6 Stainless Steel: To clean stainless steel without streaks I dilute a few drops of Sal Suds in a spray bottle of water.
7 Stain Treating: There are many natural ways to treat stains (here’s a helpful chart), and 1/4 cup Sal Suds Concentrate diluted in a spray bottle of water is a great all-purpose pre-treat for stains.
8 Carpet Cleaning: To clean carpet naturally I pre-treat stains with a 1:10 dilution of Sal Suds in water and then use 1 drop of the concentrate in a steam cleaner.
9 Bathroom Cleaning– Make a floor to ceiling bathroom cleaner with 1 tablespoon Sal Suds concentrate in a spray bottle of water with 10 drops of lemon essential oil (optional, but for freshness).
10 Hard Water Stains: To remove hard water stains I use either Sal Suds all purpose cleaner or Bon Ami.
11 Glue and Adhesives: Use a 50:50 mixture of Sal Suds and water. Spray on, let sit 5 minutes and scrub off.
12 Oven and Stove: I make a natural scouring powder for use in oven and stove cleaning or use Bon Ami.
13 Floor Cleaning: I add 1 tsp of Sal Suds concentrate to a mop bucket to mop the entire house.
14 Grout Cleaner: I use a 1:3 Sal Suds dilution to clean tile grout or use homemade scouring powder or Bon Ami for tough stains.
15 Blinds: I make a spray of 1 tablespoon of Sal Suds in a spray bottle of water to clean blinds.
16 Urine stains: a 1:15 dilution of Sal Suds with 5 drops of lemon essential oil works great on urine stains and smells in the bathroom. For mattress urine stains, I sprinkle with baking soda, then spray with this mixture and wipe up.
17 Cloth Diapers: To pre-treat and wash cloth diapers (no residue and completely removes ammonia smell) I pre-soak in the washing machine and add 3 tablespoons Sal Suds and 1 cup baking soda.
18 Shave Soap: In a foamer bottle, I use a (1:5) dilution of Liquid Castille Soap as a shave soap.
19 Foaming Hand Soap: Liquid Castille soap diluted in water makes a great foaming hand soap that costs pennies per bottle
20 Face and Body Wash: Combined with raw honey and water, liquid castille soap makes a great face and body wash.
21 Shampoo: Castille Soap and coconut milk make a moisturizing shampoo.
22 Baby Wipes: Diluted in a foamer for DIY baby wipes (I wipe with cloth wipes).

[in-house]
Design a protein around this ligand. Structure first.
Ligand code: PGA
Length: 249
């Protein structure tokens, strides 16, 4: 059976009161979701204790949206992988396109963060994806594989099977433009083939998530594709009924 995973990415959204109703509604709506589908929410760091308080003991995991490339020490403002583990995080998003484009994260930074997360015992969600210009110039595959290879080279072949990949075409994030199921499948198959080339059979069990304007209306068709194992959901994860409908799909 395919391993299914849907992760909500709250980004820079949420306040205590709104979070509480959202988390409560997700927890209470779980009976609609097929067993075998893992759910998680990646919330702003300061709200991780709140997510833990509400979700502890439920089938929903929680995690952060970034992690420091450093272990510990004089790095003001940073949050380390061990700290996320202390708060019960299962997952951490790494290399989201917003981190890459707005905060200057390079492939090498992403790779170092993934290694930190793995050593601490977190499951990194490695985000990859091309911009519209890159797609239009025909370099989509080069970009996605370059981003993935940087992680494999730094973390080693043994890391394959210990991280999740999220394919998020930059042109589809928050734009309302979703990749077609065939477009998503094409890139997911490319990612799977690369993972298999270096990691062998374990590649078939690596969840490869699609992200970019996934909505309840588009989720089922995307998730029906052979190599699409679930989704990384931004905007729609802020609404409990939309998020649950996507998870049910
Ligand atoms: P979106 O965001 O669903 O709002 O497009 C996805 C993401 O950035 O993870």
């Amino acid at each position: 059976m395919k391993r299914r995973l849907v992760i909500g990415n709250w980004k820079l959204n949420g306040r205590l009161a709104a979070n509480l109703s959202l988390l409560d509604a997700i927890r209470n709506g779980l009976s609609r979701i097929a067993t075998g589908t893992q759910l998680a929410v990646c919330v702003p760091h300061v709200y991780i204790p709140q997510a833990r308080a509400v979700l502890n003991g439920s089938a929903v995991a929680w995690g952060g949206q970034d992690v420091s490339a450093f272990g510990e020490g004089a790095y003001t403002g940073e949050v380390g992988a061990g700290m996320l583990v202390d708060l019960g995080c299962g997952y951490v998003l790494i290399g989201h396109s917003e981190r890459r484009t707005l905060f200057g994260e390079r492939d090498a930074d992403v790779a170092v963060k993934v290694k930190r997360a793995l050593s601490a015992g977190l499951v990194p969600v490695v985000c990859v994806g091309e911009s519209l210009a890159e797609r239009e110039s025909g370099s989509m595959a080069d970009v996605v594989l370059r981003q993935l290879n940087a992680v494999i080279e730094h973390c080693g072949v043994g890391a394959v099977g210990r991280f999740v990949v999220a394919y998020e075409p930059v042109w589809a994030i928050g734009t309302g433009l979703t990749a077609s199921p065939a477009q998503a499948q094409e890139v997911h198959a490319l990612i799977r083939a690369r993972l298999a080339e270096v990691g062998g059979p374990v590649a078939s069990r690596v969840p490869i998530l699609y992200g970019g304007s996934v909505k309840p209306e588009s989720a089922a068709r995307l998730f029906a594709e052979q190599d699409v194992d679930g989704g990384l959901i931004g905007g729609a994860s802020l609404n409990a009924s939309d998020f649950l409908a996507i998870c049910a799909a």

23 Dog Wash: A few drops to a teaspoon of liquid castille soap makes an effective pet wash.
Moms do a lot to make sure that everyone comes back to a clean home on a routine basis. Deep cleaning may be employed weekly, monthly or quarterly and mostly during the spring season. It is spring break once again and time to deep clean your house. Most people would go for commercial cleaning products to clean their houses. It is a common belief that the industrially produced home cleaning products are harsh on stains and disease-causing germs. However, the chemicals that are used might have toxic effects on the environment. For this reason, there is need to find routine cleaning tips that are eco-friendly.
With the following tips, home cleaning is not only made easier but also you rest assured that your cleaning does not negatively affect the environment.
Home Cleaning Tips that are Eco-friendly
by: Greg Macchia
Vinegar can be used in so many other rooms and areas around the house, but I mainly use it in my kitchen. It’s a great green alternative to cleaners and hey…it works great!
Kikay (this is a Filipino slang word)
-used to describe a girl who likes fixing herself up and being cute
-the term “kikay”started to flourish and began as a lingo to describe someone who is flirtatious back in the late 90′s, practically coined by the Generation X. It has since then evolved to defining someone who is flirtatious to someone who prefers and loves everything girly, pink and sassy.
20 WORDS RELATED TO KIKAY
-Born on August 1,2013 where it was established, licensed, insured and bonded in the city of Portland, OR.
-The name of the business was named after the owner's late sister Gay Prieto who will always be the Kikay in the family.